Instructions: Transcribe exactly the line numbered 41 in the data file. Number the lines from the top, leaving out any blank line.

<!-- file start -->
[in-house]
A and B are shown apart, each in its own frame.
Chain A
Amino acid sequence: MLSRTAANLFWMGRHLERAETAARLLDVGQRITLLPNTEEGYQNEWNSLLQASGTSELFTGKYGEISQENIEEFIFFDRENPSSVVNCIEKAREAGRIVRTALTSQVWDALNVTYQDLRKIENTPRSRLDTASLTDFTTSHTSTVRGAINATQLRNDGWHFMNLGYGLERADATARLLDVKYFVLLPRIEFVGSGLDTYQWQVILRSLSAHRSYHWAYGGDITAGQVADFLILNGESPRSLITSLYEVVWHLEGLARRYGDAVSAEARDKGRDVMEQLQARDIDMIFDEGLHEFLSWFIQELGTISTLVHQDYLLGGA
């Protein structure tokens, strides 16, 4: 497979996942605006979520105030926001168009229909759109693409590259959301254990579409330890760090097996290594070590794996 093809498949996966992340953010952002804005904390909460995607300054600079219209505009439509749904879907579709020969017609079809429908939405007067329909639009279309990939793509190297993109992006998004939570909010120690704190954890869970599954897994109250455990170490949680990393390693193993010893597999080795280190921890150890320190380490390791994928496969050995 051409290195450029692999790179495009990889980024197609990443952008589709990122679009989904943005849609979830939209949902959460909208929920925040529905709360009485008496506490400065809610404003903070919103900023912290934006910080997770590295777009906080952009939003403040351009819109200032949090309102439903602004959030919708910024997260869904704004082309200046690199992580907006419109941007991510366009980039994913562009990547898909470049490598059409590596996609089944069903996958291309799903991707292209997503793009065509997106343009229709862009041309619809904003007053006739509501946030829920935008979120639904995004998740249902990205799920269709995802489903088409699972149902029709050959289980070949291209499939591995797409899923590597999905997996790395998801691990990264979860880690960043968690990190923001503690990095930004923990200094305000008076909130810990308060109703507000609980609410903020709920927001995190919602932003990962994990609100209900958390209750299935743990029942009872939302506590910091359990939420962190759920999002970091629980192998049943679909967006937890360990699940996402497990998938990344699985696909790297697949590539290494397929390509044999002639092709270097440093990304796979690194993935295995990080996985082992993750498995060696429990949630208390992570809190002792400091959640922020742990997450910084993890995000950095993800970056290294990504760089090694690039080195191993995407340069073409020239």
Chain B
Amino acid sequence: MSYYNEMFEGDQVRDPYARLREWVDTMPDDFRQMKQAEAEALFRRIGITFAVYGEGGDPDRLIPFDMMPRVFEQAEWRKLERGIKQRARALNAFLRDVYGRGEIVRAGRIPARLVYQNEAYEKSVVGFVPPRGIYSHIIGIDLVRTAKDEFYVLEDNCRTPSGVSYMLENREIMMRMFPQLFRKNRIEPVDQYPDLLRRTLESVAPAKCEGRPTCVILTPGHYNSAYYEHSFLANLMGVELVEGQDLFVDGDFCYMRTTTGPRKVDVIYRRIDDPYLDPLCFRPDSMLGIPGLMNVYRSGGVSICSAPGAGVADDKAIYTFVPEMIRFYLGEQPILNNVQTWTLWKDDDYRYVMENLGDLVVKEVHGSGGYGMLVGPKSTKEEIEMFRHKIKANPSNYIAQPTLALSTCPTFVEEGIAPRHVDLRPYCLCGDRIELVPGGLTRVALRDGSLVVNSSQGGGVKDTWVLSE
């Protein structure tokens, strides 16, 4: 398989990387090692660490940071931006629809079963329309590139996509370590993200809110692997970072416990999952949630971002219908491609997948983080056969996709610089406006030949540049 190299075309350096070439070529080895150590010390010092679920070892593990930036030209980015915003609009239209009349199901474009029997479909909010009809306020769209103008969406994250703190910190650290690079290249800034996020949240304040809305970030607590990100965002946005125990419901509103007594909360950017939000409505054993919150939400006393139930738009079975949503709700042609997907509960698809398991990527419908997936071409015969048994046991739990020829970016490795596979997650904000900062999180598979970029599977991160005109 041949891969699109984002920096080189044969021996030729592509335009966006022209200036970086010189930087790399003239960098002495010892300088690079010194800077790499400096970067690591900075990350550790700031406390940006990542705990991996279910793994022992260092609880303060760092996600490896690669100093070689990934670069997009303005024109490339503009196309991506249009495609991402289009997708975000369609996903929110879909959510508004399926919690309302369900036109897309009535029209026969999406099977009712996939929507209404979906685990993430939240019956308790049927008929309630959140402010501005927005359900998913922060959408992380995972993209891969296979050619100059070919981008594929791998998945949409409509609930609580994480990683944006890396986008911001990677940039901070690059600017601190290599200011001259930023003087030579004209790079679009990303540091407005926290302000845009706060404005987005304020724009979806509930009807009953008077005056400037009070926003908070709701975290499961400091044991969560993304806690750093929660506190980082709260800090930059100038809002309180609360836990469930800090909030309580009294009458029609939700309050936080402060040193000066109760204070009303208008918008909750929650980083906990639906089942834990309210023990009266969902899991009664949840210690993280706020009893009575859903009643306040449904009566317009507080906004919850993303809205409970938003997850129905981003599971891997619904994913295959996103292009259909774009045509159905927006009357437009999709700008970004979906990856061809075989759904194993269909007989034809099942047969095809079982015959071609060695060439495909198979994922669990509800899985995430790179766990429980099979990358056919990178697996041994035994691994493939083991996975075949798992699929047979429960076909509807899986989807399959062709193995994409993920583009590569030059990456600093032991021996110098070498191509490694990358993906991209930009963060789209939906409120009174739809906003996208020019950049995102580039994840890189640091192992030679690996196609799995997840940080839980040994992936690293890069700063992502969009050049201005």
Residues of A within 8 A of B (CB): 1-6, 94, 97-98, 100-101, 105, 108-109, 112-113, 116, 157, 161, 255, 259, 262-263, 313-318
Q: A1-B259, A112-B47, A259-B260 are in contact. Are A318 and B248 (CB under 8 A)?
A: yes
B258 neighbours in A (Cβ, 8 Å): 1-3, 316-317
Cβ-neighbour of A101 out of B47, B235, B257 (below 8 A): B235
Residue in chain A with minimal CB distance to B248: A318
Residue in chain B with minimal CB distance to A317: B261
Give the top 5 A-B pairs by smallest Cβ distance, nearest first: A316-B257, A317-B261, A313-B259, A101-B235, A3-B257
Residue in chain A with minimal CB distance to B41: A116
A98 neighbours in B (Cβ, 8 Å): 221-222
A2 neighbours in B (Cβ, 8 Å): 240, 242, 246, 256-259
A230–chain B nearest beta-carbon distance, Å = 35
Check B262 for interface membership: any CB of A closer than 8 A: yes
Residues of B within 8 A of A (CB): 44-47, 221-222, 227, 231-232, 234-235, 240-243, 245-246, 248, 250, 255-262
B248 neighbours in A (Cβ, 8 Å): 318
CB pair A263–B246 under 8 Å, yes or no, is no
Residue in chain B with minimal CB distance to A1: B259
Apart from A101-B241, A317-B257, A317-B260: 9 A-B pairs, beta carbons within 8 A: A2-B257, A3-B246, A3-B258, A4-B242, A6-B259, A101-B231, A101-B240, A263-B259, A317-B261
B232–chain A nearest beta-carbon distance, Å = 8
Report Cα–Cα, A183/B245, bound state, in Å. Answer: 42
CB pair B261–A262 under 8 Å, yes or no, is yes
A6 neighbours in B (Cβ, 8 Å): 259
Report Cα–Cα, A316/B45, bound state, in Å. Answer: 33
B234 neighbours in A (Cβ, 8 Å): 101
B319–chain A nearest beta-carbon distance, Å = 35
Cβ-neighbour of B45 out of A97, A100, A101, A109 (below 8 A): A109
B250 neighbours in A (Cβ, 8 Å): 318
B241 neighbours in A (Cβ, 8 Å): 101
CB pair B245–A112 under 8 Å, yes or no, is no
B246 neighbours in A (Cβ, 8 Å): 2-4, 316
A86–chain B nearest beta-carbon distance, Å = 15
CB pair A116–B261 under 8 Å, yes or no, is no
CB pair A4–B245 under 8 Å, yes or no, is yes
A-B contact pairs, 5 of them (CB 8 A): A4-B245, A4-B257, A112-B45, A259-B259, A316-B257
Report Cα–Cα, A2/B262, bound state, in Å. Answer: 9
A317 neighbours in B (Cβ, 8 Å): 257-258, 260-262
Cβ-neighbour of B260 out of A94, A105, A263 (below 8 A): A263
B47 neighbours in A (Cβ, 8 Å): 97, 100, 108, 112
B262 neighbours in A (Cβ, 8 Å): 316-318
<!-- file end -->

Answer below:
CB pair A4–B245 under 8 Å, yes or no, is yes